More Wind And Heat Could Hamper Colorado Wildfire Fight

By: CNN (Posted by Carissa Fox)
By: CNN (Posted by Carissa Fox)
CNN iReporter Victor W. Schendel says,

CNN iReporter Victor W. Schendel says, "I am a photographer in Fort Collins, Colorado. I've been watching this fire grow from early Saturday morning until today. At first it was just a small plume of smoke, but by Saturday evening it was totally out of control. You could actually see the flames of fire from my house in SE Fort Collins about 20 miles away. By yesterday, the fire had spread to 40,000 acres and was threating homes within a couple miles of the city. I took this picture of a helecopter dumping water on the fire very close to those homes."

(CNN) -- Forecasters are expecting warmer than normal temperatures and gusty winds Tuesday in a northern Colorado area already ravaged by a wildfire, not a good combination for the legion of firefighters trying to extinguish the blaze.

The High Park Fire had consumed 59,500 acres of woodland by Tuesday, but it was about 50% contained, authorities reported.

Tuesday's forecast by the National Weather Service is similar to Monday's blazing heat and winds that whipped up the blaze.

But firefighters say they can handle the weather conditions because winds are expected to be less "tough" than what they experienced on Sunday.

"The expected winds were not as strong as they were. The amount of fire activity in the big timber on the western perimeter was not as extreme," fire information officer Brett Haberstick said, according to CNN affiliate KCNC. "We have a lot less smoke and a lot better working conditions for the crews."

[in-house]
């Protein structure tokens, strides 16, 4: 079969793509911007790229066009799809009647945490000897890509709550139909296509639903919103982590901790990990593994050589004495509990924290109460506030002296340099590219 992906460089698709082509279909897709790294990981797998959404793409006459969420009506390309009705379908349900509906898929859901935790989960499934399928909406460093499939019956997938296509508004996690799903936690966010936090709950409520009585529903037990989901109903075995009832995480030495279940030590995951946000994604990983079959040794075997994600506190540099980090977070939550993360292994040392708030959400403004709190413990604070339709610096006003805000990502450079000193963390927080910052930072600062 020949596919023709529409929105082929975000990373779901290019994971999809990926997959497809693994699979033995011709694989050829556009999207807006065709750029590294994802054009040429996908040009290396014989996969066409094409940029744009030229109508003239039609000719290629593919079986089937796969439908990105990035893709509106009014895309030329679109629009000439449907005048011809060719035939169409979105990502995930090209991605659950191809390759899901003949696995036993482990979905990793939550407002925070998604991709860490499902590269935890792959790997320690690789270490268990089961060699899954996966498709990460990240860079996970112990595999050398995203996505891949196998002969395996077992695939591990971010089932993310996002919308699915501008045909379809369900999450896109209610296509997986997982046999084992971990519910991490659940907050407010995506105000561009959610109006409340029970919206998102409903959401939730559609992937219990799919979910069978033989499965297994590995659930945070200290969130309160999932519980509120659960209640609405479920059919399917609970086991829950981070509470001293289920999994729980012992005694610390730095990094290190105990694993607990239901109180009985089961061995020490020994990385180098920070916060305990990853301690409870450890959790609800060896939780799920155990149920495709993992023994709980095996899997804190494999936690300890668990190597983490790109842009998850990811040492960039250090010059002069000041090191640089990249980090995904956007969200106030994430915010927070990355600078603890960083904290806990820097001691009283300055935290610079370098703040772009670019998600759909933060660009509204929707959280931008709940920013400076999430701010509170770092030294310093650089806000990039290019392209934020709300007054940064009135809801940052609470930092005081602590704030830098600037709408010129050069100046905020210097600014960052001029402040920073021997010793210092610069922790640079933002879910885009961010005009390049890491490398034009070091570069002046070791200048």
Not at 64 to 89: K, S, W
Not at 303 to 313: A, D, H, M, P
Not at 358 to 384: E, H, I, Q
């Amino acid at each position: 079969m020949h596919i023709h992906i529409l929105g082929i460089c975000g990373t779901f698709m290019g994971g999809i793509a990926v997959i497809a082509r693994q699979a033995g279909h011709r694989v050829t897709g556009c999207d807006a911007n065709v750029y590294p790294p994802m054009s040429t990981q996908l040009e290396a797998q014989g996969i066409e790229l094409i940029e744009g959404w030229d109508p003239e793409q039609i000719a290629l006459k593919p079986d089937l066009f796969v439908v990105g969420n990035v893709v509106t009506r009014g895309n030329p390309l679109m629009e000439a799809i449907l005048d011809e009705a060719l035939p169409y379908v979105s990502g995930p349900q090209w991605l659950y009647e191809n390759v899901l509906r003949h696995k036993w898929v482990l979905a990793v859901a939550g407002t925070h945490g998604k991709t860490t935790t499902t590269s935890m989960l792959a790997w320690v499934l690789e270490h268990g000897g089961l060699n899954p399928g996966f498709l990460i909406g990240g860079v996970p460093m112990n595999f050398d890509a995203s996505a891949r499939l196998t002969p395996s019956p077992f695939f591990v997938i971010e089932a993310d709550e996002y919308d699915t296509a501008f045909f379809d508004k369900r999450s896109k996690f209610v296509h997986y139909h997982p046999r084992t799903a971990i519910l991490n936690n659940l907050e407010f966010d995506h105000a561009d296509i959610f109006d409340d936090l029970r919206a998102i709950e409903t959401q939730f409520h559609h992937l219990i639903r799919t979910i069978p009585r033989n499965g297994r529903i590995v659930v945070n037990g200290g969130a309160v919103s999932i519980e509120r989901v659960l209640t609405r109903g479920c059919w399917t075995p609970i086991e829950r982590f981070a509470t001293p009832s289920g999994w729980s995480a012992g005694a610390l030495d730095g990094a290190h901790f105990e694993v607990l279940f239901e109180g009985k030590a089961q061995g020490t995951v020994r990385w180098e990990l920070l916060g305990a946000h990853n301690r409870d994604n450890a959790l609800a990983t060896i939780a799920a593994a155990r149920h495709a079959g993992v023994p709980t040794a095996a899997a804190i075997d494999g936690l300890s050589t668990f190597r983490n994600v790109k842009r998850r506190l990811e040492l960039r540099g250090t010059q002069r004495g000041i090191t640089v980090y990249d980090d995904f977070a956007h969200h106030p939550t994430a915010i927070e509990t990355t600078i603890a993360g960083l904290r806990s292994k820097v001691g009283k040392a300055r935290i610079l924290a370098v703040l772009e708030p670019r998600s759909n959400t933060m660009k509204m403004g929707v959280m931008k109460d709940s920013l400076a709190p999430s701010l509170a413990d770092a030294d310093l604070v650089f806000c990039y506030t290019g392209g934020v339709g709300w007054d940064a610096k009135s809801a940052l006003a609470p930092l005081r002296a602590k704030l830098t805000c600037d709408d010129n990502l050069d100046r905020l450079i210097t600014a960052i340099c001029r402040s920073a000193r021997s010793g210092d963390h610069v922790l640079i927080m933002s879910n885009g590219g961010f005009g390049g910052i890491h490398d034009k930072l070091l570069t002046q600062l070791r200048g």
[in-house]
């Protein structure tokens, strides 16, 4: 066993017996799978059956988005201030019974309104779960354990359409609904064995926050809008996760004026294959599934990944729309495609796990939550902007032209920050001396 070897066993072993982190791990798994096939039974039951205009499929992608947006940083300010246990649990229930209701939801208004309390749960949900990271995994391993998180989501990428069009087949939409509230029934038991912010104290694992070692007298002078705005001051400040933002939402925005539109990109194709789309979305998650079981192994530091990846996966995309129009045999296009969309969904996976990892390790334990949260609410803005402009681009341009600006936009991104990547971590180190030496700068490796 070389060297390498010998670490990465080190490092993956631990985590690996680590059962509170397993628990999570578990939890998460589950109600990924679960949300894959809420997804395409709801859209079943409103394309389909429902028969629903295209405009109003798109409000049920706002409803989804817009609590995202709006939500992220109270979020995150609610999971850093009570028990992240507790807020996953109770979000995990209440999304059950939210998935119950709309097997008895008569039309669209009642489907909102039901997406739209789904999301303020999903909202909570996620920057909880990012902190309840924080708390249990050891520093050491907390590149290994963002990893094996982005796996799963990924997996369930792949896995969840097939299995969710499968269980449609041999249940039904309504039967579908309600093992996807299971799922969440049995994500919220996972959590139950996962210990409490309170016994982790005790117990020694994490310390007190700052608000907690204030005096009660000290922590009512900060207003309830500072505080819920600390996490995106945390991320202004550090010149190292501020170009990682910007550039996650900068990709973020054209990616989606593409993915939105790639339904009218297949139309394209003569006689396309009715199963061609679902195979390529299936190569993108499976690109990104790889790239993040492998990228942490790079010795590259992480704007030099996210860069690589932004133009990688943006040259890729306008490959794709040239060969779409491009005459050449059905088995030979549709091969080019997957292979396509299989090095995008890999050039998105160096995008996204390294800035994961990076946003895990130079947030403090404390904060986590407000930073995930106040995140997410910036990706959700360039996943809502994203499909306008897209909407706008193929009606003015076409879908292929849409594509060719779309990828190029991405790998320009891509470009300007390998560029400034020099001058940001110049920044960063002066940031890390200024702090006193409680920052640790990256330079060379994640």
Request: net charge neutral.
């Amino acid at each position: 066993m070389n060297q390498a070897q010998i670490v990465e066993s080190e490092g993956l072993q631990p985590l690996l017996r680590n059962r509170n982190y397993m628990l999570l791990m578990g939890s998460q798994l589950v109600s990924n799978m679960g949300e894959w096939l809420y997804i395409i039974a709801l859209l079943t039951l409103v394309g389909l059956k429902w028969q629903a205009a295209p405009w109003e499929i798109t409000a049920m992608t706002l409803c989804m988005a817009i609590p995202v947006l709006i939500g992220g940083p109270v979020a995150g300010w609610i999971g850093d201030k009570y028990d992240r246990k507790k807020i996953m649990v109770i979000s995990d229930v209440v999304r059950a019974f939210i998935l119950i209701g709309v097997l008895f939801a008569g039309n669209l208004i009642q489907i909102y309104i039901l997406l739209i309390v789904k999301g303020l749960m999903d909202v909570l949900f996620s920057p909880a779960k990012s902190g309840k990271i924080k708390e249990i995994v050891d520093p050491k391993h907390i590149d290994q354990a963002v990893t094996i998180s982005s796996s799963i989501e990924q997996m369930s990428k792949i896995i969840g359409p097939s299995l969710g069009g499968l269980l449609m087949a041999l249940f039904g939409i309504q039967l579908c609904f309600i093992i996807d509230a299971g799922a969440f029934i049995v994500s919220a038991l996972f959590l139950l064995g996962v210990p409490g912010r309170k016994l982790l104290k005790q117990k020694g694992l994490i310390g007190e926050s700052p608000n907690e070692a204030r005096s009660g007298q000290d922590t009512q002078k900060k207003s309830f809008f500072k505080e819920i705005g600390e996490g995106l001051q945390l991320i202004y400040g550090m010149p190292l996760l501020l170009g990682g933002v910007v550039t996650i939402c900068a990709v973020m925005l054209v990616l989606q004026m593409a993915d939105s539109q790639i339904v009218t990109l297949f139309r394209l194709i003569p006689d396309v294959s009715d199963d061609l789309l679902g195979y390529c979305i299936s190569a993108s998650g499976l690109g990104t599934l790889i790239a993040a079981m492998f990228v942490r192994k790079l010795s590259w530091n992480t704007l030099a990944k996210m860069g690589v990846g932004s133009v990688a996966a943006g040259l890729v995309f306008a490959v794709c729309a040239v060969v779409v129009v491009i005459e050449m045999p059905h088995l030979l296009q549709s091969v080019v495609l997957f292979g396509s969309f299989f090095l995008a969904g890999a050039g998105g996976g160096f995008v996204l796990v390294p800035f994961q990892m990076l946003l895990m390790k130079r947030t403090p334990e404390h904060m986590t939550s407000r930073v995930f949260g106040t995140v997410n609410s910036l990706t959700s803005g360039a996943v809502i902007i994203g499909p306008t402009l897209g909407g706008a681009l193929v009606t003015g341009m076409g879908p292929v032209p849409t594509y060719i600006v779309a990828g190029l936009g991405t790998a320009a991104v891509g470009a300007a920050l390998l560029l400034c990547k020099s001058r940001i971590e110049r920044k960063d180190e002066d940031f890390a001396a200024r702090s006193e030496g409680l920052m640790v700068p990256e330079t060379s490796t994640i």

More than 1,700 personnel were battling the blaze.

Lighting ignited the fire that started on June 9 and has destroyed 189 homes. That number is expected to grow, and firefighters are also concerned that the blaze could shift toward dense stands of trees that have been killed by beetle infestations, according to InciWeb, a U.S. multiagency fire response website.

The blaze has moved through forests and neighborhoods, forcing thousands of evacuations and leaving a trail of destruction. It has claimed the life of a 62-year-old woman found dead in her burned home last week.

Elsewhere in Colorado, firefighters are battling a fire near Pagosa Springs that broke out last month. That blaze, also blamed on lightning, had grown to more than 13,000 acres by Monday night and was 30% contained.

And a new fire broke out Sunday and quickly spread to 200 acres near Pueblo, forcing some evacuations of residents.

In New Mexico, the Whitewater Baldy Fire has scorched more than 296,000 acres, the agriculture secretary said.

More than 3,200 fire personnel from across the United States are helping local departments battle the fire, which began on May 16. The blaze was 82% contained as of Monday.

In North Carolina, a wildfire doubled overnight in the Croatan National Forest along the Atlantic coast, U.S. Forest Service officials said Tuesday.

Donald Simon, a Forest Service spokesperson, said the blaze has consumed 21,248 acres since Saturday, including 6,000 acres that were intentionally set afire Monday night in a fire-control effort.

The wildfire is 20% contained and isn't threatening structures, officials said. A large portion of the fire is in the Sheep Ridge Wilderness area, officials said.

"Smoke is our bigger issue," Simon said. "This morning in New Bern (North Carolina), it was like traveling through a thick fog. If you live by, there's a lot of ash floating by."

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